Developing our key national and international priority areas
The early 1980s are overshadowed by the international debt crisis. This places a heavy financial burden on development policy, especially since funds for foreign capital assistance are also becoming increasingly scarce in the rich donor countries. Instead of loans, the poorest developing countries now receive grants. Existing debt is being cancelled.
Sustainable poverty reduction and resource conservation with KfW's Financial Cooperation
At this time the understanding of development problems changed, as are the approaches selected to address them. Partnership is replacing assistance – and capital assistance has become Financial Cooperation. KfW is increasingly gearing its work to achieving sustainable and effective poverty reduction and natural resource management. This requires stronger advisory and consultancy services in partner countries. Today, more than 70 KfW offices in developing and emerging countries are supporting and coordinating work and assignments on the ground.
Internationalisation of the capital markets
Refinancing also receives a makeover. Until the mid-80s, KfW's refinancing activities followed a fairly unspectacular trajectory. The conventional practice was "traditional" refinancing in Deutschmarks, mainly using "Schuldscheine" (promissory notes), as was customary in those days. Now, though, there is movement on the financial markets – the growing internationalisation of the capital markets opens up whole new vistas for KfW.
The vigour of KfW's export financing business means there are new levels of risk to be managed, especially currency risk. First bonds are issued on the euro-dollar market, in Swiss francs and in pounds sterling. These are later followed by dollar and yen issues, both markets that will later prove to be key refinancing sources for KfW.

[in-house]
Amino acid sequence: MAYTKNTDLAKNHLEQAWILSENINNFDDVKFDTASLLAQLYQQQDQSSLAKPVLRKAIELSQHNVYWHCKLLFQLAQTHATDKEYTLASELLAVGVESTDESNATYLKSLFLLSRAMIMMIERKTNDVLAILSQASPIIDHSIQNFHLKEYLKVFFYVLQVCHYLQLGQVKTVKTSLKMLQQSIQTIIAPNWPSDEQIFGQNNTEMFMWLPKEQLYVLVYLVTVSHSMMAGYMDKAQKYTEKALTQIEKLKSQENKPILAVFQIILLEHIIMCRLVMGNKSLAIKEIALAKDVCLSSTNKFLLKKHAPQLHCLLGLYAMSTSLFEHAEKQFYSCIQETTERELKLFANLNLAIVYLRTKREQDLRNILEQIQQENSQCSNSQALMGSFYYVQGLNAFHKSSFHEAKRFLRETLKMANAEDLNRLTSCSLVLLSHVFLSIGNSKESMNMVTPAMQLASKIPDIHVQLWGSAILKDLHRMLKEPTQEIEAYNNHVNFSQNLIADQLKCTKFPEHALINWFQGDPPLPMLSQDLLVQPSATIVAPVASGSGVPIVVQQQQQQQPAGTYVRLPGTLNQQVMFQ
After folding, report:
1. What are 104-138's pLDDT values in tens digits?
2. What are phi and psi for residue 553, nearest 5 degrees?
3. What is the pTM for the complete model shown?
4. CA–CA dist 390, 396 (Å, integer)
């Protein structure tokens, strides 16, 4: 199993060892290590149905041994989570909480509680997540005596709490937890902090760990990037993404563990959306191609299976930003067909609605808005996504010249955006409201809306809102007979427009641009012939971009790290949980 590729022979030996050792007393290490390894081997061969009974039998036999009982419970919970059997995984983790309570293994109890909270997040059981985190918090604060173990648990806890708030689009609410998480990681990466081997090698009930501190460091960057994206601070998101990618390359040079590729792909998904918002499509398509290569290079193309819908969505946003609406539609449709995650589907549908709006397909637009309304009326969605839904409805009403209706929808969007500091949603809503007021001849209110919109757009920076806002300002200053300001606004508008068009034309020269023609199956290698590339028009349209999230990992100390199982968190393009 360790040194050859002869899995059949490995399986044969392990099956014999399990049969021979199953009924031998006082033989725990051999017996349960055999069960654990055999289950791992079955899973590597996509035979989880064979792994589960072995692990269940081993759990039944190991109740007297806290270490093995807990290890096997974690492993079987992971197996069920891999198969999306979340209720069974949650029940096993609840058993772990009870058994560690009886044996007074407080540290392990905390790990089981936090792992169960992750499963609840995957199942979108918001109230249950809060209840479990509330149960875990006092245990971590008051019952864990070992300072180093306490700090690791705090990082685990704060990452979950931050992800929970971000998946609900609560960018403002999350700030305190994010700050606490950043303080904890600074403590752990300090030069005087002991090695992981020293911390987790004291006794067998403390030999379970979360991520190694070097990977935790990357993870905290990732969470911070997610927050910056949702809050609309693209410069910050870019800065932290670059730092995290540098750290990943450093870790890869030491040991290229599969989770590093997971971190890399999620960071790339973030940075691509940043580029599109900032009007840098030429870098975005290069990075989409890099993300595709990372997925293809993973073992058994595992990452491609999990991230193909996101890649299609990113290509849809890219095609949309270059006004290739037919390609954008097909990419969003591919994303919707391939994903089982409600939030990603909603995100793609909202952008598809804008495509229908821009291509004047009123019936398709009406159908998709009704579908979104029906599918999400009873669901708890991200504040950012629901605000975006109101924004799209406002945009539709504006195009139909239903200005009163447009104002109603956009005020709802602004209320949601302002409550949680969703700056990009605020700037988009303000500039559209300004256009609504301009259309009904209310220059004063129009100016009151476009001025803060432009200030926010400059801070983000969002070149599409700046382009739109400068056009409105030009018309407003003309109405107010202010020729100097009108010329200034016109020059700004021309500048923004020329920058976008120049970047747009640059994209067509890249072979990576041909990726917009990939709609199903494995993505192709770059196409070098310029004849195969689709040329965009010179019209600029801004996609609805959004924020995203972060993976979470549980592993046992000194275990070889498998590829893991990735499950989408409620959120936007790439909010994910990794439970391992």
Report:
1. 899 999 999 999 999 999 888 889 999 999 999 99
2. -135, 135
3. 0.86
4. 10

Registered with SEC
In 1985 KfW is one of the first German issuers to undergo a credit rating – and is awarded a triple-A (AAA) rating. Two years later KfW successfully registers with the Securities and Exchange Commission (SEC) – the first German issuer to do so.
In 1989 KfW raises funds worth an equivalent of EUR 8.7 billion on the capital market – at this point barely one fifth of the funds approved for 1989 originate from the ERP Special Fund. Today, KfW Group's issuance volume of around EUR 75 billion makes it Europe's fifth-largest issuer after Germany, France, the UK and Italy.
- The Federal Government launches a KfW Special Programme to promote structural change, worth EUR 1.74 billion
- Technology programme for German investment in developing countries
- KfW-funded programme for innovation risk financing
- KfW establishes its own environmental programme
- SME programmes to promote the construction industry
- KfW programme with the Federal Ministry of Science and Technology (BMFT) for wind power plants in developing countries
- KfW receives a triple-A rating from Moody's and Standard & Poor's.
- First foreign currency issues; first interest and currency swaps.
KfW becomes the first German issuer on the American capital market to be registered with the Securities and Exchange Commission (SEC).
- KfW municipal programme
- KfW housing construction programme
- KfW equity programme of the Federal Ministry of Science and Technology (BMFT)